2017 Rate Volatility Impacts Affordability

Well interest rates rose again. Its always a little disheartening to the prospective home buyers when the rates rise because it’s a little less square footage they can afford. The upside is you will have a little more flexibility than you know. 

We are going to have a look back at some past rates since November, see how it effected affordability, and what to do to get the best deal you possibly can. 

2017 rate recap & projections

Since the election rates have risen .75%. This is due to the belief that Trump’s administration will stimulate the economy again, through lower taxes, deregulation, etc. 

The rates are leveling off in an almost unpredictable way. Since November the rates have been dropping and rising again, every single day. 

It all comes down to inflation. If there are threats of inflation, rates rise. As the administration operates day-to-day, investors bet inflation to relax, and other days they bet for it tossing upward. 

Holistically, rates are off from post election highs, up .5% from this last election. 

The volatility will continue as investors and the Fed attempt to predict where the rates will go. Here’s how it impacts your potential purchase. 

How the rates impact affordability 

For example, a $350,000 home that has a 20% downpayment, followed by a rate spike of .5% takes away $17,000  from your affordability. This seems like a huge number, and it is, but it’s not damning you to a lesser home.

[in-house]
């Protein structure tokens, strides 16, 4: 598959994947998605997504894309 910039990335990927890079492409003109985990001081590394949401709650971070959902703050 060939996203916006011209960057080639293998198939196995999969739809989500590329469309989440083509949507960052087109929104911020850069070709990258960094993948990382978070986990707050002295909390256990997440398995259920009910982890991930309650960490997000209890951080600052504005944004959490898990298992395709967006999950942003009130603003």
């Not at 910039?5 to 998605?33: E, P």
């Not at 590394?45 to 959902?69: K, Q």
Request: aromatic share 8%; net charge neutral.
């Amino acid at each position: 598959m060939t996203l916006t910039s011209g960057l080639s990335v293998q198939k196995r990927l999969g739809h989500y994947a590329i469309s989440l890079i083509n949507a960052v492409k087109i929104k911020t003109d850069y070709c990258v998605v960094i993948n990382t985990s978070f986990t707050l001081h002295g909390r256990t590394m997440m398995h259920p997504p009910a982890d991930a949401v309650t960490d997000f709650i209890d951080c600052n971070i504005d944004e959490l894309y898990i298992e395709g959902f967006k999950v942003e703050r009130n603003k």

How much home you can afford is based on a debt-to-income ratio, which looks at all your debts (car payment, credit card debt, etc.) and is divided by your monthly income. Typically, if you spend 43% of your income on bills, lenders won’t lend to you. 

That $350,000 house you want, your DTI says you can only afford $333,000 worth of house, but here’s how to work some magic. 

Increase your affordability

Instead of settling for $17,000 less of a house, just get rid of some bills. Simply pay off your smallest debts first, then tackle the larger ones from smallest to largest; this excludes other housing bills. Paying down a couple thousand dollars here, a a smaller one can make a significant difference in affordability. 

All real estate is local, and all lending is individual. Rising rates don’t always shrink the amount you qualify for. Quality lenders will fully go through your financial profile, and run the numbers to find something that is good for you.

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